The community will initially have 16 resident and 40
non-resident members. The Archbishop of Canterbury wants
to equip and empower young people between 20 and 35 to live a life
wholly devoted to Christ while engaging deeply with the issues of
It seemed appropriate to name the community after an
Archbishop of Canterbury, as he was a Benedictine monk,
very influential in engaging with the culture and intellectual
climate of his time, though he managed to get on the wrong side of
the king of his time.
St Anselm's Community will be open to all
Christians. We expect one third to a half of them to be
non-Anglicans. It's open to applicants from the entire world, and
we hope that one third to a half will be from the Majority
It will be open to men and women, singles and
marrieds, so long as both partners participate and they have no
dependent children. We just can't accommodate families in
residence, and we think, for non-residents, it's a commitment which
is going to take a lot of time and effort. It's very important that
both parties can commit equally.
I have a one-year old and a three-year old
myself, and there are occasions in which only one of us
can participate in equal terms so it's about ensuring that both
spouses can participate in what's going on.
My wife and I are part of the framework that creates
stability for the community. Membership lasts for one
academic year; so we're rather like the staff who work in a
The life will be Benedictine, because it's
shaped by a rule of life: Franciscan in seeking God through service
to the poor, and Ignatian in terms of spirituality and
self-examination. We're drawing from the deep wells of St Benedict
for our understanding of community life. We're seeking to love
Christ in the poor and needy like St Francis, and to develop a rich
internal life of communication with God in the ways of St
Archbishop Justin wishes to establish prayer,
service, and a shared life at the heart of his ministry in Lambeth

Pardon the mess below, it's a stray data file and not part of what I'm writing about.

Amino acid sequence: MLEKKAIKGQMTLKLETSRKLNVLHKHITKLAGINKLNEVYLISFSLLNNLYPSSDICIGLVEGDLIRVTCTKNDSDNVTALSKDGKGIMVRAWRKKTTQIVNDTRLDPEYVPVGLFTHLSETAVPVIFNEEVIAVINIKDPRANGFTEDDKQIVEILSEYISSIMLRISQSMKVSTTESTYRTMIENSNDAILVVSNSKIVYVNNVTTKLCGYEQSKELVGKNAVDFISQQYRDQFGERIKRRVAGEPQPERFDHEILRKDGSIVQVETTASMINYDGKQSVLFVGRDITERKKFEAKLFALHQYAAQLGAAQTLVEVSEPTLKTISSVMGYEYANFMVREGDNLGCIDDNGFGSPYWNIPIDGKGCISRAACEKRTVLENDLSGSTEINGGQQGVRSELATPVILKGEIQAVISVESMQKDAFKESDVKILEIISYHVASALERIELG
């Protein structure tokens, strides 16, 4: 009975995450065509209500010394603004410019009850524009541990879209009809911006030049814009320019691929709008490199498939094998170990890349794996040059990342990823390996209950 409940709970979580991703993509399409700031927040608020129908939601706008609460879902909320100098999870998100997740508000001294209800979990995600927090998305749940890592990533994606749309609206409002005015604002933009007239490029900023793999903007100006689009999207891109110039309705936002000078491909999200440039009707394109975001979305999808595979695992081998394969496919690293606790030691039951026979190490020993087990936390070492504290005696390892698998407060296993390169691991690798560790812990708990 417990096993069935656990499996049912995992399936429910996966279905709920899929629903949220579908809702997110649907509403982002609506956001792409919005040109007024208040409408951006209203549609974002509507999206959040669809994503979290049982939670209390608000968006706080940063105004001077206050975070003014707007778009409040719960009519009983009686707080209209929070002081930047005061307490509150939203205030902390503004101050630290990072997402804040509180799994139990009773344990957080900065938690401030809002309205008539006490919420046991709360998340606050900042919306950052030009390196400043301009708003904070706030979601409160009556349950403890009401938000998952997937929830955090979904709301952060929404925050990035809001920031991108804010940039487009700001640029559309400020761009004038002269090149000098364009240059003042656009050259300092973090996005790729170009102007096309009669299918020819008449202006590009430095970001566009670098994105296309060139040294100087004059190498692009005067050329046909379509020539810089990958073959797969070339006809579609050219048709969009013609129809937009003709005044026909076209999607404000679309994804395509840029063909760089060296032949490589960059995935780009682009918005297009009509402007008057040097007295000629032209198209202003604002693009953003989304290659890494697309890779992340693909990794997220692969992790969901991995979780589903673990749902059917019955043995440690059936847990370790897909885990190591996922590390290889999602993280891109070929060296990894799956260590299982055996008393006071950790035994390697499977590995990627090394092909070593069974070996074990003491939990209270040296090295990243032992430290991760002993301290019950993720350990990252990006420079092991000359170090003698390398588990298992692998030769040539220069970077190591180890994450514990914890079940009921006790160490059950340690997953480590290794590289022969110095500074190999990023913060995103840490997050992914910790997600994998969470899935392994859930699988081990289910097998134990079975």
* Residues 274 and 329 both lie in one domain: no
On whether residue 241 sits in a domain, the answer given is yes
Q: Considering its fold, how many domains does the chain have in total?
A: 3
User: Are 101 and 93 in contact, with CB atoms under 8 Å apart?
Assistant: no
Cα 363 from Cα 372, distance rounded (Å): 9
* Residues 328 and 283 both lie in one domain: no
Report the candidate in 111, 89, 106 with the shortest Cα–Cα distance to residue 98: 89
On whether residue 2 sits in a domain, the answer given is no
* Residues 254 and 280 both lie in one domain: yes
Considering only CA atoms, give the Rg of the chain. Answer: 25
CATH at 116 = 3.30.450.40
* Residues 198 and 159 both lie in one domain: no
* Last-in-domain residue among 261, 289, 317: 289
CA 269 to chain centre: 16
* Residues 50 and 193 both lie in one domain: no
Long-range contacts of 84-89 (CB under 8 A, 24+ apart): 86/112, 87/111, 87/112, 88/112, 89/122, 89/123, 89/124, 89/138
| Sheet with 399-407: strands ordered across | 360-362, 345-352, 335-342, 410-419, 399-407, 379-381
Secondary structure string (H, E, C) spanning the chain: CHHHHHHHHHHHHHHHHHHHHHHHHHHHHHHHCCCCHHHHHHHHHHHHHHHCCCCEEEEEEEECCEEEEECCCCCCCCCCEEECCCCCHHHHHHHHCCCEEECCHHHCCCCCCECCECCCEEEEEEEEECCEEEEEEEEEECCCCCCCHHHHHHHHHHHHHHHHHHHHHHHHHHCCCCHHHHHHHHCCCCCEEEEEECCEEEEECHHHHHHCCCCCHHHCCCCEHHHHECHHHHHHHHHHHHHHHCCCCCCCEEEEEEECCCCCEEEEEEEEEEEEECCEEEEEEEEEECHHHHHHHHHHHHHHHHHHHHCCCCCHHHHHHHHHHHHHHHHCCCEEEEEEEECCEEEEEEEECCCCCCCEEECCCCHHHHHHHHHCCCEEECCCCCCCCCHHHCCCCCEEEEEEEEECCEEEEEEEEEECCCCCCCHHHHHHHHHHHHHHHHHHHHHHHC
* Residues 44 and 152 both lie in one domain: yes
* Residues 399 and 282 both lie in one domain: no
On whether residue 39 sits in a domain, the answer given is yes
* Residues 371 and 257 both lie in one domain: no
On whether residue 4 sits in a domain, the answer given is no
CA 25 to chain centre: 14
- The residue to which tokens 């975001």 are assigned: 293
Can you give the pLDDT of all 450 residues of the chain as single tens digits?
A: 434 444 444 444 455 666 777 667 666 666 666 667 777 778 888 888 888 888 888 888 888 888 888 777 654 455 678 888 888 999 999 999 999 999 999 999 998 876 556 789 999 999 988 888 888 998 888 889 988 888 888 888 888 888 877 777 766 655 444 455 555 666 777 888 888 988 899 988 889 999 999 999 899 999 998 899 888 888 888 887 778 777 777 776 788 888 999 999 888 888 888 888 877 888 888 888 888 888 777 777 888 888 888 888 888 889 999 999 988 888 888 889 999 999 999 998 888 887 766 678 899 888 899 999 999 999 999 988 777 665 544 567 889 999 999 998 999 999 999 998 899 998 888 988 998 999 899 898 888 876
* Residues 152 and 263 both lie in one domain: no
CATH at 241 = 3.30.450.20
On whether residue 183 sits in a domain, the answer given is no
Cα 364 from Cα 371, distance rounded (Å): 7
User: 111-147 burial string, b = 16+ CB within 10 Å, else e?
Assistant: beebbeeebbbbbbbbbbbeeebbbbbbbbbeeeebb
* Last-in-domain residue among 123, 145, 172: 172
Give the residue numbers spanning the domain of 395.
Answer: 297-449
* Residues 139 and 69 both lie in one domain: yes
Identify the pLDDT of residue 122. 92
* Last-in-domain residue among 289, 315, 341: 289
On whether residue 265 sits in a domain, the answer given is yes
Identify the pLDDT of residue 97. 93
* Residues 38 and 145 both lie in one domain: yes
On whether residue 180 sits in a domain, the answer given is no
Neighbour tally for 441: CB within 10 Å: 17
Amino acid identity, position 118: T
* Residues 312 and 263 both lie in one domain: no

Palace. The community also touches all his three priority areas:
most obviously, renewal of prayer and the religious life, but also
reconciliation - because of our learning to live together with
very, very different backgrounds and opinions - as well as
evangelism and witness in our service to the poor "outside the
walls", witnessing to the love of Christ. The Archbishop is also
deeply committed to offering opportunities for young men and women
to be formed in habits of virtue for the sake of transforming the
secular working world.
All the members will live under a common rule,
with deep commitment to one another under God. Relationships will
be given priority. The residents will learn to live in community
and shared accommodation, choosing to turn to one another daily in
love and forgiveness. The non-residents will learn to integrate
their work situations, time commitments, social interactions, and
ethical dilemmas of everyday London life with an inward journey of
silence, regular prayer, and practical service to the poor.
It's possible that something more resembling an
oblature will de-velop among those who have finished their
year in the community. We'll explore what shape that could take
during the course of the first year together.
Absolutely it could be tried elsewhere. I've
already had several exploratory conversations with people from
various corners of the earth who want to observe closely what is
taking place at Lambeth Palace, given how this harmonises with
other ventures in which the Spirit seems to be at work. If we can
share our journey, and shorten the distance for others to get off
the ground with whatever the Lord has put on their hearts, then
we'll do so gladly.
We're enormously blessed by the deep commitment and
partnership from the Chemin Neuf community. It's a Roman
Catholic community with an ecumenical vocation, resident at Lambeth
Palace for the past year, and with vast experience of Christian
formation elsewhere. A senior Chemin Neuf member, Sister Sonia
Béranger CCN, who ran similar programmes for young people in other
countries, was commissioned as director of community at the same
time as I was licensed as Prior last month. At the same time, this
is really a new and ground-breaking venture.
I can't claim to have entered the monastic